A word of caution (two actually)

I have a word of caution for you today.

Well, 2 words, actually. 😉

It’s two important things that you should really be aware of when you’re wholesaling deals.

I’ve actually briefly mentioned these things in other emails and on my podcasts too, and I feel the need to devote a whole email to them now…

The two critical pieces most wholesalers need are:

  • Intent
  • Disclosure

Here’s the thing…

No matter what you may have heard, wholesaling is not illegal—when done the right way.

Yes, you can wholesale real estate deals without a real estate license. No need to be a broker. No need to be a Realtor. You can buy a contract, and flip the contract.

But to stay out of hot water with the real estate commissions (who typically don’t like us wholesalers very much these days for some reason) you should have both (i) the intent to close and (ii) the ability to actually do it.

So, what do I mean by INTENT?

I mean you need some kind of viable (actually possible) scenario in which you close on the acquisition of the property yourself—I mean, it should at least be one of your solid considerations, and actually doable.

If you get into a deal and you know that your only option is to not actually close, but exclusively to flip the contract, then you’re missing that important intent piece, aren’t you? You might find yourself getting into trouble at some point.

And because you do intend to buy the property, you really shouldn’t have outrageous contingencies in your agreements.

So, no to things like:

‘This offer is contingent on me/buyer finding another buyer.’

And also not this one:

‘This offer is contingent on my partner’s approval.’

I hear wholesalers using these contingencies all the time, and even bragging about their “partner” being their pet cat, or something silly like that.

To me, those just feel shady.

Now, when I say you need the ability to close on the deal, it means you have access to the money somehow.

You can get funding on tap several ways:

  • Lines of credit
  • Private investor
  • Transactional funding
  • Hard money lender
  • JV partner’s money

Pro Tip: One thing I stress to my students and clients is to always have the buyers first. You need a solid buyers list. Then you simply ‘shop’ around for the type of deals they’re interested in. This way, you know you have the ability/funds, because you already have your buyers’ capital at hand.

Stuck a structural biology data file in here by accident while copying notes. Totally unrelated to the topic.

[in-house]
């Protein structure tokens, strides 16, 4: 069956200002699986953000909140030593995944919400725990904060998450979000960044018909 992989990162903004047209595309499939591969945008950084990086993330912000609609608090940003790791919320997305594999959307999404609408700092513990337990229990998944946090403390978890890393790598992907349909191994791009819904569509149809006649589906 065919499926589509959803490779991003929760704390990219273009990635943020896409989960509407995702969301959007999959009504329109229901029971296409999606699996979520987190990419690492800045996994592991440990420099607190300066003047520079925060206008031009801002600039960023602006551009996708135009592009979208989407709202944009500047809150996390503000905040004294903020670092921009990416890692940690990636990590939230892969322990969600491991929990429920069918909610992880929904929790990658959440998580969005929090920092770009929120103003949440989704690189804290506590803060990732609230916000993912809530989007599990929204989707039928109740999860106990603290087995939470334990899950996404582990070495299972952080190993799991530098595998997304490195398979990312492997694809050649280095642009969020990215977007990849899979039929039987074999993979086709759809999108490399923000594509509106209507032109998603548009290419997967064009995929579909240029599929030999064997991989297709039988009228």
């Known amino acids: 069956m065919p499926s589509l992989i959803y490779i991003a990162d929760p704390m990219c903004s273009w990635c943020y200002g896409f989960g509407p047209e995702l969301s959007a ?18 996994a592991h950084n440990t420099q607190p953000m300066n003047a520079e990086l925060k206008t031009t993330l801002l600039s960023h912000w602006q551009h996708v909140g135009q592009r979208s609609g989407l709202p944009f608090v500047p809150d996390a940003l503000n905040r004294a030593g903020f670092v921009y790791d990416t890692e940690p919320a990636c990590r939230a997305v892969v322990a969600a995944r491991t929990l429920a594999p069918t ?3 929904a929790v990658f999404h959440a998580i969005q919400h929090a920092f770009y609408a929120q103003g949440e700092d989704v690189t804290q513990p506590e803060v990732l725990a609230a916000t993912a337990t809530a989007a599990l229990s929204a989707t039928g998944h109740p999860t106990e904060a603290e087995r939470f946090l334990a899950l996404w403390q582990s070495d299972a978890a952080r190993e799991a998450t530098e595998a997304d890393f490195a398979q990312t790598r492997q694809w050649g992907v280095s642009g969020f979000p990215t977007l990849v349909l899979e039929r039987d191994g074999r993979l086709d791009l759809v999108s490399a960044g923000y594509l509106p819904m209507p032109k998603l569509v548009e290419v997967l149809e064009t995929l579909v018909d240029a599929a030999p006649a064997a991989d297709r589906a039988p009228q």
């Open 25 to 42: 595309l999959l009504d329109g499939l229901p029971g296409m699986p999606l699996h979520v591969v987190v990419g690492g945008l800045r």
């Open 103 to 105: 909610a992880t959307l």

As for DISCLOSURE…

Yes, if you’re licensed, you always have to disclose that to your sellers.

Second, try just being honest and upfront with sellers about what you’re doing. If you get into the deal intending to buy it, and then decide to change your mind and assign the contract, let the seller know that. It’s a business decision, not a bait-and-switch.

Chances are high that they don’t really care who ends up buying their property, but that their problem gets solved in the same way, with the same terms and everything.

What you don’t want are weasel clauses. Legit contingencies are one thing, but weasel clauses are another—and so named for a reason.

A valid, non-weasely contingency I use oftentimes is:

“This contract is contingent on verifying taxes, title and value.”

Or…

“This contract is contingent on an inspection.”

Simple, direct and true in almost every deal I do.

Bottom line…

Just do wholesaling deals the right way and everyone wins. And what I just shared above are some of the key, important ways you can make sure you’re doing it right.

Look, this is not an area where you can afford to plead ignorance. So, make doubly-sure that you are careful about intent and disclosures.

Final Note: I am not an attorney. I’m sharing information with you based on my personal experiences. Always consult an attorney (preferably an investor-friendly attorney who understands creative real estate investing) on these and all legal documents and matters.

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